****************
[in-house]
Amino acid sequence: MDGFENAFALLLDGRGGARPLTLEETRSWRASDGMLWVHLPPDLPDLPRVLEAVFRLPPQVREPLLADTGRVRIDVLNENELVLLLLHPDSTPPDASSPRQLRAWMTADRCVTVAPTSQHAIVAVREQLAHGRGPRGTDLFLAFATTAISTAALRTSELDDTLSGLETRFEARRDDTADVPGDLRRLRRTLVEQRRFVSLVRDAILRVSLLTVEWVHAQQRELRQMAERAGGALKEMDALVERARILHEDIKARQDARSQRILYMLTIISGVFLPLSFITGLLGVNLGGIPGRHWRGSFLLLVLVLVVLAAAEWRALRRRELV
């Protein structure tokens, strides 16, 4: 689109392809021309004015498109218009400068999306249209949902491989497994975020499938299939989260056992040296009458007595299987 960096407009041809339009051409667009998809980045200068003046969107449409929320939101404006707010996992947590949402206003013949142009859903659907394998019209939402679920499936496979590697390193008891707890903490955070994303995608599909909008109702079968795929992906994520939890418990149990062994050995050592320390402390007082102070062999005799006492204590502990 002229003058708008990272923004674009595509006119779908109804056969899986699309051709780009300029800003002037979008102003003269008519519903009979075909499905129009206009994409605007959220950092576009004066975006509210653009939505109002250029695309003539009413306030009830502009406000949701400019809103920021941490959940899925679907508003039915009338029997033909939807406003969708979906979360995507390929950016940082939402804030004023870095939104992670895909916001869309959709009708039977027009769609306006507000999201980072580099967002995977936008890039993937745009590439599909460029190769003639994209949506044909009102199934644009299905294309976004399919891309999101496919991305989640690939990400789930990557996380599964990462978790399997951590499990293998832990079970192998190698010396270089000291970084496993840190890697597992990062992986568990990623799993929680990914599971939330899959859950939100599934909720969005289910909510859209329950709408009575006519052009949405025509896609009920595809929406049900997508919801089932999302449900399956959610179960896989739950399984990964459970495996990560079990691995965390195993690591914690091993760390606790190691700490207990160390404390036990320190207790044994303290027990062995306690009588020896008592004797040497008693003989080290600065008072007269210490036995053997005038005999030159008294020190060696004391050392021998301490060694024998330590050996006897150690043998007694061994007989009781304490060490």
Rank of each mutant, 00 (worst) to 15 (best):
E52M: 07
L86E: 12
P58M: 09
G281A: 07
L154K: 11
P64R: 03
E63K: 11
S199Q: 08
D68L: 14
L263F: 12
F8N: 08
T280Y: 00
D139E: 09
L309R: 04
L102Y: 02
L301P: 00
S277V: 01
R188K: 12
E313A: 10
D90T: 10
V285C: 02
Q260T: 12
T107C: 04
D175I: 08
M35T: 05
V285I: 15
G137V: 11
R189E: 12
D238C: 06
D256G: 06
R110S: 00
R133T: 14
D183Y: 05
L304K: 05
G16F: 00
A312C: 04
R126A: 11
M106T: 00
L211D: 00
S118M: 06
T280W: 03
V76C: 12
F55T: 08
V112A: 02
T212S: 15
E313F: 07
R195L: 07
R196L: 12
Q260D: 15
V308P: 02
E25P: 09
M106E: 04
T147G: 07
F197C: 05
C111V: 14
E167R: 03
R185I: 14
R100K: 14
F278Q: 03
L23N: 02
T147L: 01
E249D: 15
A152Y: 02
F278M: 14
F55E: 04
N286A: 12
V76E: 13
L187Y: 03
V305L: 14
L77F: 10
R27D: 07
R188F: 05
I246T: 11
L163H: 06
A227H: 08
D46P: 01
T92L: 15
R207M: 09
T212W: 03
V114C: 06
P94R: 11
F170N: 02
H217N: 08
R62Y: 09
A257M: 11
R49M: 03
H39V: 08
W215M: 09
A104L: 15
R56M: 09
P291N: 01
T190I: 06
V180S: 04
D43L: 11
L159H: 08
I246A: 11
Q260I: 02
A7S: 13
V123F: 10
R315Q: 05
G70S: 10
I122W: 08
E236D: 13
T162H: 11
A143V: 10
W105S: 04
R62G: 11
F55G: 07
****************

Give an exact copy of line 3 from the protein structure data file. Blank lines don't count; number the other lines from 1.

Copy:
């Protein structure tokens, strides 16, 4: 689109392809021309004015498109218009400068999306249209949902491989497994975020499938299939989260056992040296009458007595299987 960096407009041809339009051409667009998809980045200068003046969107449409929320939101404006707010996992947590949402206003013949142009859903659907394998019209939402679920499936496979590697390193008891707890903490955070994303995608599909909008109702079968795929992906994520939890418990149990062994050995050592320390402390007082102070062999005799006492204590502990 002229003058708008990272923004674009595509006119779908109804056969899986699309051709780009300029800003002037979008102003003269008519519903009979075909499905129009206009994409605007959220950092576009004066975006509210653009939505109002250029695309003539009413306030009830502009406000949701400019809103920021941490959940899925679907508003039915009338029997033909939807406003969708979906979360995507390929950016940082939402804030004023870095939104992670895909916001869309959709009708039977027009769609306006507000999201980072580099967002995977936008890039993937745009590439599909460029190769003639994209949506044909009102199934644009299905294309976004399919891309999101496919991305989640690939990400789930990557996380599964990462978790399997951590499990293998832990079970192998190698010396270089000291970084496993840190890697597992990062992986568990990623799993929680990914599971939330899959859950939100599934909720969005289910909510859209329950709408009575006519052009949405025509896609009920595809929406049900997508919801089932999302449900399956959610179960896989739950399984990964459970495996990560079990691995965390195993690591914690091993760390606790190691700490207990160390404390036990320190207790044994303290027990062995306690009588020896008592004797040497008693003989080290600065008072007269210490036995053997005038005999030159008294020190060696004391050392021998301490060694024998330590050996006897150690043998007694061994007989009781304490060490």